How it feels to be blind.

Imagine a world with no color and all you can see is black. Imagine a life where everything is unknown until you use all your senses other than sight to figure out what it is. That is how it feels to be blind and that is how I felt for 90 minutes while visiting Dialog in the Dark in Hamburg, Germany.

The entrence to the museum "Dialog in the Dark" in Hamburg, Germany!

To be honest I am not much of a museum person and when I go I will most likely see things in a whole different manner. Kind of like what happened when I went to the Lourve and saw Mona Lisa. As for Dialog in the Dark, I had never heard of it and probably never would have because it is not in the guidebook or any must do list for Hamburg. I am currently staying with one of my readers (I know awesome, but more on that later) in Hamburg and after I mentioned I was not much of a museum person she told me about Dialog in the Dark and told me I must do it. After she told me what it was I was sold. I thought wow what an awesome concept and that would be interesting to experience.

So what is Dialog in the Dark?
“Dialogue in the Dark is an experience in total darkness where, led by blind guides and trainers, one learns to interact and communicate by relying on other senses. The sudden withdrawal of eyesight challenges everybody. While participants stay for a short while in pitch darkness, they are emotionally immersed and confronted with own limits. Blind people are the “sighted” ones in this environment and can demonstrate their capabilities better than their sighted colleagues. This reversal of roles guarantee reflection, the discovery of the unseen and the need of communication and cohesion The experience provides an innovative and powerful tool to understand one’s limits and respect the other, reinforcing a collaborative mindset and emotional intelligence. ”Dialog in the Dark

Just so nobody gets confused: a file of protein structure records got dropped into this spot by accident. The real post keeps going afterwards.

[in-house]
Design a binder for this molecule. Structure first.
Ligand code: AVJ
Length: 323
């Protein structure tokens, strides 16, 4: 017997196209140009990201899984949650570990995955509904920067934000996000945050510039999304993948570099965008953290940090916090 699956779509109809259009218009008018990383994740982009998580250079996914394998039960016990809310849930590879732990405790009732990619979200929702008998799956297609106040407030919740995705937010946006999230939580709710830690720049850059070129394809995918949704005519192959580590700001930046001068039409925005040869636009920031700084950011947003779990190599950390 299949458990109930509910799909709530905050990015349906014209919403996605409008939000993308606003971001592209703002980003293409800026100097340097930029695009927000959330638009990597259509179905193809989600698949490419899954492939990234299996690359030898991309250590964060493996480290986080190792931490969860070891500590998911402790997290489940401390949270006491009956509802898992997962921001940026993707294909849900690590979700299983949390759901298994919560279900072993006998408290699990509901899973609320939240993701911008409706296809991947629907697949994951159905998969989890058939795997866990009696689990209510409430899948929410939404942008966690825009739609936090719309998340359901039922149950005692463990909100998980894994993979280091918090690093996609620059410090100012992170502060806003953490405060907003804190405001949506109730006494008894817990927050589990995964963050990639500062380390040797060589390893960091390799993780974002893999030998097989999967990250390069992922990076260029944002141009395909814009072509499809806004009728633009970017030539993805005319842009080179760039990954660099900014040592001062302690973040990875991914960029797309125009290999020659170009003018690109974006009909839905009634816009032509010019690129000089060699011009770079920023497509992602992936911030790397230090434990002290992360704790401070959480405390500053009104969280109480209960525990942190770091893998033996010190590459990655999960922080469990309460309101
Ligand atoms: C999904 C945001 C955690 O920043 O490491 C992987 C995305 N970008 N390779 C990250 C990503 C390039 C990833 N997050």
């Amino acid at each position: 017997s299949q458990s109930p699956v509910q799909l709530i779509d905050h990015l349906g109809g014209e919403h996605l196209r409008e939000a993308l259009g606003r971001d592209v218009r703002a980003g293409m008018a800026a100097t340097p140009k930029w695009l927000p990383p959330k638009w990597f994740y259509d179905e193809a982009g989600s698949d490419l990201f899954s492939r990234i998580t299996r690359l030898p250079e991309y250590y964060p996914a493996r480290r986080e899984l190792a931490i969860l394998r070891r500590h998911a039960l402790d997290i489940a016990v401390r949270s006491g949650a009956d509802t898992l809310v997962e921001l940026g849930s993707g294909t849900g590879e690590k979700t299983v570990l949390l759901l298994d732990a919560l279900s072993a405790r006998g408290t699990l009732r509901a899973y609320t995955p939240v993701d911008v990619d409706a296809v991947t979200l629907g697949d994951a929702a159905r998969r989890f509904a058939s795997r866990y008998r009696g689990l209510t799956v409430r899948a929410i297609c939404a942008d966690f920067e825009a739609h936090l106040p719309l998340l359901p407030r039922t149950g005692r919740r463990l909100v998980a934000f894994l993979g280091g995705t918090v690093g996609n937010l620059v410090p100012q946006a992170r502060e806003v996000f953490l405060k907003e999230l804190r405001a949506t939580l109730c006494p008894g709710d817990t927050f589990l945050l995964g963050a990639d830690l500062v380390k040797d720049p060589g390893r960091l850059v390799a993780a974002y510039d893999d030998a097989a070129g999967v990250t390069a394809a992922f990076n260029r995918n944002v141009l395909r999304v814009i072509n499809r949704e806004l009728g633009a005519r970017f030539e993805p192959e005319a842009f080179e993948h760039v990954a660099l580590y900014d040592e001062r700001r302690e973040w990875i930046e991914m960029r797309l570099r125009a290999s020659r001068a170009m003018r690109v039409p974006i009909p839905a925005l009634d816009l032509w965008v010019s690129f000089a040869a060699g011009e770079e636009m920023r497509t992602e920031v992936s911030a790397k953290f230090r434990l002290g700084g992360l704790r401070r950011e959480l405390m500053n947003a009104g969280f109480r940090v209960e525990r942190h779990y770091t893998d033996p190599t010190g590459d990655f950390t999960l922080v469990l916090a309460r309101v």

A random eye poster that was in the museum.

Upon arriving I knew this was going to be a very interesting experience and one that would enlighten me with a new view on things. After waiting in line a bit to get my reserved ticket I realize a blind gentlemen is helping me. I give him my information pay for my ticket and then he prints my ticket. Something that would happen in any museum, but the whole time I kept thinking “wow he’s doing this with out being able to see”. They call my group and since I do not speak German I have my own tour guide who will be by my side the whole time and translate for me. She is also blind and was a sweetheart. Before we started she asked if I was wearing glasses, I mentioned I was and she told me I needed to take them off and would get them at the end. I asked why and she said “it’s not going to matter once you are in there it’s going to be pitch black and you wont be able to see anything.” I giggled and thought wow so true. We are then handed a walking stick and are taught how to use it and then the tour begins.